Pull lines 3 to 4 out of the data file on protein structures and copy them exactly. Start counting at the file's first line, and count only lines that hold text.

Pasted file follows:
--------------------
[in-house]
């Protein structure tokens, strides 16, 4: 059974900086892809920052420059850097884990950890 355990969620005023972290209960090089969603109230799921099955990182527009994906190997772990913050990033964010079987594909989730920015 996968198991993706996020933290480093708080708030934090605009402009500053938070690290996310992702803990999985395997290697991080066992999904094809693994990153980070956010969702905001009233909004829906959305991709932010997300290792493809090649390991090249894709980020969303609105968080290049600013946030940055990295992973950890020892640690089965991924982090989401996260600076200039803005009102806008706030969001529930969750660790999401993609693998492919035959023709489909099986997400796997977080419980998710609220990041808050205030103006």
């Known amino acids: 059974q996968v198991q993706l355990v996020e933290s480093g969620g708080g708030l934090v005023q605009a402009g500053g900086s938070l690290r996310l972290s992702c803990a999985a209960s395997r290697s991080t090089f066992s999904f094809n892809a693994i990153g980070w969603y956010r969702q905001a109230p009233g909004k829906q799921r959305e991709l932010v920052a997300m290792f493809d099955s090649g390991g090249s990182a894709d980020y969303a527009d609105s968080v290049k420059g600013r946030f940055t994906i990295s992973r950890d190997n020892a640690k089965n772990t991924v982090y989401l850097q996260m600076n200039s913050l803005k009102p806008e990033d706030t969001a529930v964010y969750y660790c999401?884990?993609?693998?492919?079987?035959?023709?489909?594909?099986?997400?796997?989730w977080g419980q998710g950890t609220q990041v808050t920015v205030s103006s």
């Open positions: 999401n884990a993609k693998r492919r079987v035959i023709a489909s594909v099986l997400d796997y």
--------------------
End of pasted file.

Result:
């Known amino acids: 059974q996968v198991q993706l355990v996020e933290s480093g969620g708080g708030l934090v005023q605009a402009g500053g900086s938070l690290r996310l972290s992702c803990a999985a209960s395997r290697s991080t090089f066992s999904f094809n892809a693994i990153g980070w969603y956010r969702q905001a109230p009233g909004k829906q799921r959305e991709l932010v920052a997300m290792f493809d099955s090649g390991g090249s990182a894709d980020y969303a527009d609105s968080v290049k420059g600013r946030f940055t994906i990295s992973r950890d190997n020892a640690k089965n772990t991924v982090y989401l850097q996260m600076n200039s913050l803005k009102p806008e990033d706030t969001a529930v964010y969750y660790c999401?884990?993609?693998?492919?079987?035959?023709?489909?594909?099986?997400?796997?989730w977080g419980q998710g950890t609220q990041v808050t920015v205030s103006s």
């Open positions: 999401n884990a993609k693998r492919r079987v035959i023709a489909s594909v099986l997400d796997y």